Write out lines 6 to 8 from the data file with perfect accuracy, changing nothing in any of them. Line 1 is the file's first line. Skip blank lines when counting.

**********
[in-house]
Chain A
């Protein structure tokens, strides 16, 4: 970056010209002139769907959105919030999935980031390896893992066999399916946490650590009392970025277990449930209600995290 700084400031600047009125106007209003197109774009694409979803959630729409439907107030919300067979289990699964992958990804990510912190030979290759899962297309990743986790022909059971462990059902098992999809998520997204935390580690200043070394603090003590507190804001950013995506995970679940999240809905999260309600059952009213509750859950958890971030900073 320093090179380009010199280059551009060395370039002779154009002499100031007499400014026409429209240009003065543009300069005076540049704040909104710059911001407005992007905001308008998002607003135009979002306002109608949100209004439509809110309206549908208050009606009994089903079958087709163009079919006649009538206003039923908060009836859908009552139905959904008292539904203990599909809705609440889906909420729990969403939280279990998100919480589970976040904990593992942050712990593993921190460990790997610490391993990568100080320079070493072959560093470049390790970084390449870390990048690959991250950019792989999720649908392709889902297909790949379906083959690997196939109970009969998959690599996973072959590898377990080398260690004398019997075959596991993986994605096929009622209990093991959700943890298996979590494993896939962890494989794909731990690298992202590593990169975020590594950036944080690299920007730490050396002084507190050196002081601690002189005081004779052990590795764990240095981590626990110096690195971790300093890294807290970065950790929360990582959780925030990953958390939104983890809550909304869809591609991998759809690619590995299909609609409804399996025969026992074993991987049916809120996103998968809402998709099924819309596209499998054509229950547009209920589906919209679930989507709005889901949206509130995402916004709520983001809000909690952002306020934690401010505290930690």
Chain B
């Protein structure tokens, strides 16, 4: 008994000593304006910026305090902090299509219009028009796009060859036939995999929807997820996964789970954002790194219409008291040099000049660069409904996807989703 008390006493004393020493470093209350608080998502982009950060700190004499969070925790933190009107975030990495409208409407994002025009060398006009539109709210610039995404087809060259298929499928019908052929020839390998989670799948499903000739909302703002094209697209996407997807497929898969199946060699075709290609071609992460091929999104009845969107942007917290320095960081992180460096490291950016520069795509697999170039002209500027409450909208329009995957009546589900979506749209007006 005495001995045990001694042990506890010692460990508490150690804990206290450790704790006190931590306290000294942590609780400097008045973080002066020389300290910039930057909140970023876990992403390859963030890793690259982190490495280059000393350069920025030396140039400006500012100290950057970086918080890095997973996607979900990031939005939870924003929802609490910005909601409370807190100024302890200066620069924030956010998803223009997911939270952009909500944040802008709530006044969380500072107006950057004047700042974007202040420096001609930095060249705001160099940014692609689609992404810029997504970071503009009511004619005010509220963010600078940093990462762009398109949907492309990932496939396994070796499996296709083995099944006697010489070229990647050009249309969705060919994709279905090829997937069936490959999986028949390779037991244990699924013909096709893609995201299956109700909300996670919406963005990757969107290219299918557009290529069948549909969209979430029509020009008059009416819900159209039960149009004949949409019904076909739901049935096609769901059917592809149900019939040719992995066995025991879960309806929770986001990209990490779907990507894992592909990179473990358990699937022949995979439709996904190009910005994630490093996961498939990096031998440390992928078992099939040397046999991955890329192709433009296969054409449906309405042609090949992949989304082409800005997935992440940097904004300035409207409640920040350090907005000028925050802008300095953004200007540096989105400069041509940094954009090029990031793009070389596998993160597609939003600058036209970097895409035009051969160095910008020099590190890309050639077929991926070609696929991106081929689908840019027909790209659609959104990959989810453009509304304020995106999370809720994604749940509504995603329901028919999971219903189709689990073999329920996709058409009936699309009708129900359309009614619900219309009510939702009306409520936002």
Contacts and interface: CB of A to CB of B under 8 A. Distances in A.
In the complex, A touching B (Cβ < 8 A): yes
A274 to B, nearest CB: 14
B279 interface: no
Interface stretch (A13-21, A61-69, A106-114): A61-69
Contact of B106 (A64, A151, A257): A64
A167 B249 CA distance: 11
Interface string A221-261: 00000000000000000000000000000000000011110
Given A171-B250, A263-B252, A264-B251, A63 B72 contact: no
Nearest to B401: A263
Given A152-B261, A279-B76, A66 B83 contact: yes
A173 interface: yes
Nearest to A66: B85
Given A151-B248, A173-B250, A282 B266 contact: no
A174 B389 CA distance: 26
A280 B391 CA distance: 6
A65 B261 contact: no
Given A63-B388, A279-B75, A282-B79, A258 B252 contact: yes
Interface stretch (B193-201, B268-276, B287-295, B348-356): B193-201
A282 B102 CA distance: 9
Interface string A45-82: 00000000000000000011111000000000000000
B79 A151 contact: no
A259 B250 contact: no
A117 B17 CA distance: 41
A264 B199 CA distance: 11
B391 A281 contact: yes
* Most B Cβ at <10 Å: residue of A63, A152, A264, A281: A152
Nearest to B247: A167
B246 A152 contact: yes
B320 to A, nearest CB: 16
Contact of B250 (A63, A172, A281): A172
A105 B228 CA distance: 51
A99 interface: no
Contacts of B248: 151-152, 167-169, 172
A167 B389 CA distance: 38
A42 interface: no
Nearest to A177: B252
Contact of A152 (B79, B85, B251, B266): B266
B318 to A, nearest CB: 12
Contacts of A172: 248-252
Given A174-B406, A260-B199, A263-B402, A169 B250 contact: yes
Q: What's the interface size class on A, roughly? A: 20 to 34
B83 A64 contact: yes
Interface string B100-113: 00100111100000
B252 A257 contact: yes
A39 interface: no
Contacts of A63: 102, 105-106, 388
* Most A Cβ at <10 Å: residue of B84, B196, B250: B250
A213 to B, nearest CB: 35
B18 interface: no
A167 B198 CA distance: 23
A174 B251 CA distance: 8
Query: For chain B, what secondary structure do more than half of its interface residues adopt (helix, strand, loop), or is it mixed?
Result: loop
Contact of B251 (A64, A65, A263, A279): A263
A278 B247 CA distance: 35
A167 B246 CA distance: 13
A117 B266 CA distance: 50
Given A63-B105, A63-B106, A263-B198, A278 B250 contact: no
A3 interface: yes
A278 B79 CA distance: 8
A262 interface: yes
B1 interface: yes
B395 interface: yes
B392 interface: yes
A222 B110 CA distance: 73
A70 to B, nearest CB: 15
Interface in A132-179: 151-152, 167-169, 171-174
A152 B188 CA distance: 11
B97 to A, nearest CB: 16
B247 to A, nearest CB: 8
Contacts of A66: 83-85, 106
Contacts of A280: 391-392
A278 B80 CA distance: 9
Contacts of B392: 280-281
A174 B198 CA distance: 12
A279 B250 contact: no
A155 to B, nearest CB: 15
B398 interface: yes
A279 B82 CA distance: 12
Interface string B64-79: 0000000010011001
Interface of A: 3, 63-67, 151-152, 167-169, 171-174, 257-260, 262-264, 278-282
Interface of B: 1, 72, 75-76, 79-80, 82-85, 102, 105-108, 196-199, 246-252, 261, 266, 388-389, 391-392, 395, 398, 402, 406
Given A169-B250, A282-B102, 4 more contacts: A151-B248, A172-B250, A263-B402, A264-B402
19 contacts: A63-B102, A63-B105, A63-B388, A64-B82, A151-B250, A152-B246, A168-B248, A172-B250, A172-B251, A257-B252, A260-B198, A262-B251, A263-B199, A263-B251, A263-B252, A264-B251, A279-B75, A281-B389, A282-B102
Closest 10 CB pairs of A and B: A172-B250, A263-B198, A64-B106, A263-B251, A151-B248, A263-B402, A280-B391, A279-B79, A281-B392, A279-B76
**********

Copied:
Contacts and interface: CB of A to CB of B under 8 A. Distances in A.
In the complex, A touching B (Cβ < 8 A): yes
A274 to B, nearest CB: 14